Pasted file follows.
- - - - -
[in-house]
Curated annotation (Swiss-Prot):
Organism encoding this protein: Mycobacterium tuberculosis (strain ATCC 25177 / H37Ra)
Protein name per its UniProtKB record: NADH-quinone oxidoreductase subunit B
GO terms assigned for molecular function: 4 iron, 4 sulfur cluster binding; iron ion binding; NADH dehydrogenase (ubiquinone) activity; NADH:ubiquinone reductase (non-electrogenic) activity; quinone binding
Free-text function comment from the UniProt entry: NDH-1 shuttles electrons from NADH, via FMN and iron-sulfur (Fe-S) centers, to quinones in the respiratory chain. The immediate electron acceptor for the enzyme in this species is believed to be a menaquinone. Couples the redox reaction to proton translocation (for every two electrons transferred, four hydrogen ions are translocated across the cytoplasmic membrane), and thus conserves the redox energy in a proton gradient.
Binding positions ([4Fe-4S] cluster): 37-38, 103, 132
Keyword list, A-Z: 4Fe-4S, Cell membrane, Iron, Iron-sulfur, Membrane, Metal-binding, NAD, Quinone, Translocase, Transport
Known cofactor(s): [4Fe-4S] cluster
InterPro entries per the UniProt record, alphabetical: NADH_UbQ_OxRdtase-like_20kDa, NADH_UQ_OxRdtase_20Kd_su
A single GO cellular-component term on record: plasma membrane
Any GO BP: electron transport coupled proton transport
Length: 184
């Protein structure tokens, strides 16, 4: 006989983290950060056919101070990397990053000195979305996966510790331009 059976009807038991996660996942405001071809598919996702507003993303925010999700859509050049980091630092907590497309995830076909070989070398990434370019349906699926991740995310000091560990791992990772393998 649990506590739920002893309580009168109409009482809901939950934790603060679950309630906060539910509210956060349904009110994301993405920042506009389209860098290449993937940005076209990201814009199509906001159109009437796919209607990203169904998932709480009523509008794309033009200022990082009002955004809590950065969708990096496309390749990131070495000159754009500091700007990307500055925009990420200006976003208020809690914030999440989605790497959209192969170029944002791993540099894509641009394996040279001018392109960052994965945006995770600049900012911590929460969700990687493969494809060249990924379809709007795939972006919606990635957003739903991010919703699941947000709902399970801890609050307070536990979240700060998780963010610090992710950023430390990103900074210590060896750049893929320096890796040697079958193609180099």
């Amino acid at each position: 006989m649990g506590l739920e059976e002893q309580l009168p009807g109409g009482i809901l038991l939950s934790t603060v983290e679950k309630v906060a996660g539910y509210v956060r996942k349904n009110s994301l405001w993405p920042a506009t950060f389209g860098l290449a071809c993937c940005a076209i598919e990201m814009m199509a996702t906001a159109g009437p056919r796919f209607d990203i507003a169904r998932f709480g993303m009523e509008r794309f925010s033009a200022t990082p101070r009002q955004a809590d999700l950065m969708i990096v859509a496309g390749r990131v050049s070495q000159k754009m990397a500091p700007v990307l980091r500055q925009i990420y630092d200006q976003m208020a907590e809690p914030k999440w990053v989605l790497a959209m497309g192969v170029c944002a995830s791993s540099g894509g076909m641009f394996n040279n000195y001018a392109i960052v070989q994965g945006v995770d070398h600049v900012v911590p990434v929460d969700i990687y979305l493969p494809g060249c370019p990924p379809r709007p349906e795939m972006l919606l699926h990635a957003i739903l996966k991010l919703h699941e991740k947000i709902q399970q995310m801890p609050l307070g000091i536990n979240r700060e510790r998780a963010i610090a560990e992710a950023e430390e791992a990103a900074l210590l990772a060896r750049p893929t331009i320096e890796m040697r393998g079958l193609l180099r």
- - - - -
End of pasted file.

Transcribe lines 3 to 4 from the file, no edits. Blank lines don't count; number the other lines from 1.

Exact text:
Organism encoding this protein: Mycobacterium tuberculosis (strain ATCC 25177 / H37Ra)
Protein name per its UniProtKB record: NADH-quinone oxidoreductase subunit B